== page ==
Grand bargain talks can now begin in earnest
Deal remains possible with millionaire tax dead, but it likely will be costly
Now that the millionaire tax is dead, state leaders can finally get down to work.
The millionaire tax was a great excuse for doing nothing. As long as the question was on the ballot and its poll numbers remained high, the millionaire tax’s $2 billion-a-year haul was the answer to just about everything. Fix the T? Don’t worry, we’ve got the millionaire tax. Address education funding inequality among cities and towns? Don’t worry, we’ve got the millionaire tax.
Perhaps the millionaire tax’s biggest impact was on the negotiations for a “grand bargain” to remove three other questions from the ballot. As long as the millionaire tax was viable, the backers of questions raising the minimum wage to $15, requiring employers to provide paid family and medical leave, and cutting the sales tax had little incentive to compromise. All of the questions polled well, so why strike a deal until all the chips were on the table.
Now that the millionaire tax is gone, the grand bargain negotiations can move forward, but they won’t be easy. The business groups that support reducing the sales tax from 6.25 percent to 5 percent can be more flexible now that the millionaire tax, which they opposed, is gone. Conversely, the demise of the millionaire tax may make it harder for the union groups backing a minimum wage hike and paid medical leave to compromise.
None of the sides announced their bargaining strategy on Monday, but they indicated a willingness to sit down and talk. “The Retailers Association of Massachusetts remains prepared to take the sales tax reduction to the ballot this fall,” said Jon Hurst, the president of the association, in a statement. “At the same time, we remain open to negotiating a balanced legislative resolution that will give our Main Street businesses, and seniors and low-income families a helping hand.”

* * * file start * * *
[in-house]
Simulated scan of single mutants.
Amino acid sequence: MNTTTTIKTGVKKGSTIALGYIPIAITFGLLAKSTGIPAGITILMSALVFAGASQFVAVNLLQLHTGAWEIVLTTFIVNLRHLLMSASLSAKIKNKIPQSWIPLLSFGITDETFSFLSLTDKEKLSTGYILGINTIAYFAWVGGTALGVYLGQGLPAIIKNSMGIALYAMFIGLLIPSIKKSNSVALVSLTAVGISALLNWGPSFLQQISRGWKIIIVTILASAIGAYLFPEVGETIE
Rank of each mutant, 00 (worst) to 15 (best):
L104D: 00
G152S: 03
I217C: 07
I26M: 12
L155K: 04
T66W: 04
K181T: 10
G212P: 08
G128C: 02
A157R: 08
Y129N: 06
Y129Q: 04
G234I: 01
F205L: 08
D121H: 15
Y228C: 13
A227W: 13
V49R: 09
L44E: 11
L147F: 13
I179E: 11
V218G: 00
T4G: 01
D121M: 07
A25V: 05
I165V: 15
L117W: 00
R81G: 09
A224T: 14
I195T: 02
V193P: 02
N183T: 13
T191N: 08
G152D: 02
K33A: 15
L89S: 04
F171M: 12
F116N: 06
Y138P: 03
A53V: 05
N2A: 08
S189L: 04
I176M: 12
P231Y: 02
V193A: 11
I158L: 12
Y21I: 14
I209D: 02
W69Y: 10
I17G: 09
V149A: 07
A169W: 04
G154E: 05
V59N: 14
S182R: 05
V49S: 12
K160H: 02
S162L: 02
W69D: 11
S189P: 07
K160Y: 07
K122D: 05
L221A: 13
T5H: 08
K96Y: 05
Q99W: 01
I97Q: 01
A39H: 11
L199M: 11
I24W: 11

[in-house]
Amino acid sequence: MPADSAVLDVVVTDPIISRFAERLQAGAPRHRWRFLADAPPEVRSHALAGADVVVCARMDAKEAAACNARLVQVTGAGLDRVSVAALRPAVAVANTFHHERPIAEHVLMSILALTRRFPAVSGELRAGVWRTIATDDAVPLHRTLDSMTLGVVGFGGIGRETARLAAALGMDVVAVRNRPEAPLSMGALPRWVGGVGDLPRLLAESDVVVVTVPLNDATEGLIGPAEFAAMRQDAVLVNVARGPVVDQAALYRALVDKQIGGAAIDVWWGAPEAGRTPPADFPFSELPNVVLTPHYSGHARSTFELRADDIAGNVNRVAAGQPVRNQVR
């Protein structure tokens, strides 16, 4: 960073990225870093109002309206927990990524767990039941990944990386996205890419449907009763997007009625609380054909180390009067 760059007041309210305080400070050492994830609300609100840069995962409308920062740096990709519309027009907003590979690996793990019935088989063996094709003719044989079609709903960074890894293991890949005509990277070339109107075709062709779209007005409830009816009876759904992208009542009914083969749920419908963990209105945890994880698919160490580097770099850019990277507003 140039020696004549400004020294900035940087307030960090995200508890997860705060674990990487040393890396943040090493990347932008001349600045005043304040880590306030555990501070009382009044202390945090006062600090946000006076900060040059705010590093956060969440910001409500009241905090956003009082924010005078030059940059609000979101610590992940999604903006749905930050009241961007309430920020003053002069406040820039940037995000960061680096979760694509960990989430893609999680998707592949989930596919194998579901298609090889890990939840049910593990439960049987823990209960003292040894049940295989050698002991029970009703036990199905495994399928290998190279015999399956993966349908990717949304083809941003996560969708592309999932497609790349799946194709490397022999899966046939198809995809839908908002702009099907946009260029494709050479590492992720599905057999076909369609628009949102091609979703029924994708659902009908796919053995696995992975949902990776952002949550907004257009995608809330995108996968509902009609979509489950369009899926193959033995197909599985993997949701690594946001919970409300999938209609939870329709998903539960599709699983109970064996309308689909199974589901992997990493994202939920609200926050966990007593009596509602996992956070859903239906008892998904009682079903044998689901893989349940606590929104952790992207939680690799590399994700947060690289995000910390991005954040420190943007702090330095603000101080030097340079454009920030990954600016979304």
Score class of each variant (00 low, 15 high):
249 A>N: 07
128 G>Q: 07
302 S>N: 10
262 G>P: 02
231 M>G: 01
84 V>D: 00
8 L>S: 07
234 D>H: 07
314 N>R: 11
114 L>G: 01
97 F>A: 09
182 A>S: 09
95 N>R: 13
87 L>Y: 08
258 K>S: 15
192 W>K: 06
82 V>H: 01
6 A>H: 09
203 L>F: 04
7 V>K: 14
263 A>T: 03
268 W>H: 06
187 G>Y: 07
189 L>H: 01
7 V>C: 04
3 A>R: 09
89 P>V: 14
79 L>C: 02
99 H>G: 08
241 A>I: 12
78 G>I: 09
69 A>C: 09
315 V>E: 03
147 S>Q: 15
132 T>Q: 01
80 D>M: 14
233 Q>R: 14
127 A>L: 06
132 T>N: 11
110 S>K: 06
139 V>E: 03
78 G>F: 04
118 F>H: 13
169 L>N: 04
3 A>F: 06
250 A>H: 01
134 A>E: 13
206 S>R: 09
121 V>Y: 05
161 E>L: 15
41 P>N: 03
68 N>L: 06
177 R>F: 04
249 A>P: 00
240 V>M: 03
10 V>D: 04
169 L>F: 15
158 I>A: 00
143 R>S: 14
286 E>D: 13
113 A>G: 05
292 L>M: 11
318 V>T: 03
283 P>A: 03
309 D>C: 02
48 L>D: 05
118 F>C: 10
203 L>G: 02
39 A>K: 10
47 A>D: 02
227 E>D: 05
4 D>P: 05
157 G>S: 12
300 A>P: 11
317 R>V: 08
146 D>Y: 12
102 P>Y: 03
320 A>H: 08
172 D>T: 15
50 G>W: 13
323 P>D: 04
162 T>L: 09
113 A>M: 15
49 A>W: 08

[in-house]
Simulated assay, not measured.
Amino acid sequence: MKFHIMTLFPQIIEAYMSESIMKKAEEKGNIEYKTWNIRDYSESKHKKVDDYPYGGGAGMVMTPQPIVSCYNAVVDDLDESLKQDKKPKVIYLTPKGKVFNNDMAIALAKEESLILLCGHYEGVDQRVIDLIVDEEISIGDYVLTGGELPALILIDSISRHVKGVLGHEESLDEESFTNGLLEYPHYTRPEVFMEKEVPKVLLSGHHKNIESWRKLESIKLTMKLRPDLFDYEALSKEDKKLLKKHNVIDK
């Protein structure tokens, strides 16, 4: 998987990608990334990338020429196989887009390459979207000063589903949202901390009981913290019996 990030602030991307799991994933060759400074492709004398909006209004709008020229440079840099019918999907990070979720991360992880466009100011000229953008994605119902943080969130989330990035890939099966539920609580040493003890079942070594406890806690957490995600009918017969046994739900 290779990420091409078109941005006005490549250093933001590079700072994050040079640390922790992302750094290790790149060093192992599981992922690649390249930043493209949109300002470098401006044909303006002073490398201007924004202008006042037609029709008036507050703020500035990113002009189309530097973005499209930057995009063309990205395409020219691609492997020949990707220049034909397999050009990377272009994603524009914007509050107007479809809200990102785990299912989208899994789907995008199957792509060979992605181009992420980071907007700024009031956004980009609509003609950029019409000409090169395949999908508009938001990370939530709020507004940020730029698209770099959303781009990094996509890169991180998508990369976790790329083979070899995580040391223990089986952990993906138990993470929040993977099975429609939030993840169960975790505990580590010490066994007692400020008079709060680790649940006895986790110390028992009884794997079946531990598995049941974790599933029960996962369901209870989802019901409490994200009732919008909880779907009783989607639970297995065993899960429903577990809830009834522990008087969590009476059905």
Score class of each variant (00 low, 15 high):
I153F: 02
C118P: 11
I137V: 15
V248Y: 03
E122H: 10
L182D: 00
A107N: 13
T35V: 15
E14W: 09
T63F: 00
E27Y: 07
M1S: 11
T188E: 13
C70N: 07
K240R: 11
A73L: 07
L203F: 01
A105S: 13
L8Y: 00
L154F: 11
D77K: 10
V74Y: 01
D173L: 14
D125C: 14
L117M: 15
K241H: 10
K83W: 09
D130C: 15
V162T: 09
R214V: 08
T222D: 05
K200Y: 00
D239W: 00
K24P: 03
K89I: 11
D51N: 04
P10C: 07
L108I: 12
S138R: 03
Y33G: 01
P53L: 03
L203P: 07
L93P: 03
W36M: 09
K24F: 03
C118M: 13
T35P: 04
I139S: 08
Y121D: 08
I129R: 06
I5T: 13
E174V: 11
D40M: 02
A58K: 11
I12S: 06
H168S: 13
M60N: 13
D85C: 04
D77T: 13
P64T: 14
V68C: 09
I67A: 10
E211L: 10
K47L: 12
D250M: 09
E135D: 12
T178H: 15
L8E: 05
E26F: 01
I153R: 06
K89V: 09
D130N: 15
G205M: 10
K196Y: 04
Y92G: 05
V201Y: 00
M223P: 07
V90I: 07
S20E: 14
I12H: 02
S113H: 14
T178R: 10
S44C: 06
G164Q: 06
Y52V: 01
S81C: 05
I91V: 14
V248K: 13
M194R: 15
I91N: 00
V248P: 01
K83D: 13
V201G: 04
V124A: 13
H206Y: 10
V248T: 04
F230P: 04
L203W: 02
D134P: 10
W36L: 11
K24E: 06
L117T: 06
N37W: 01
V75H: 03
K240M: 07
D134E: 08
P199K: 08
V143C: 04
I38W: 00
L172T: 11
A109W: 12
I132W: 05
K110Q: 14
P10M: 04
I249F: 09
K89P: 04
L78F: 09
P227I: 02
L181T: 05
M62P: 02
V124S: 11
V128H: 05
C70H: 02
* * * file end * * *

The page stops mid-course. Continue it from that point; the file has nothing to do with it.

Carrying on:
The early consensus in the press was that the SJC decision was a victory of sorts for Gov. Charlie Baker, who never took a stand on the millionaire tax. The negotiations for a grand bargain, if successful, could also showcase the governor’s skills as a problem solver.But the death of the millionaire tax will also highlight the absence of any grand vision in his administration. With a millionaire tax, the possibilities were endless; without the tax, it will be steady as she goes, the usual grind.
“I’m not a big fan of raising taxes,” the Republican governor told reporters Monday, saying the court decision means “we have to move ahead, continue to invest in our Commonwealth, invest in our infrastructure, and invest in education as we have been, on terms that are consistent with the current tools that our available to us — which are pretty good.”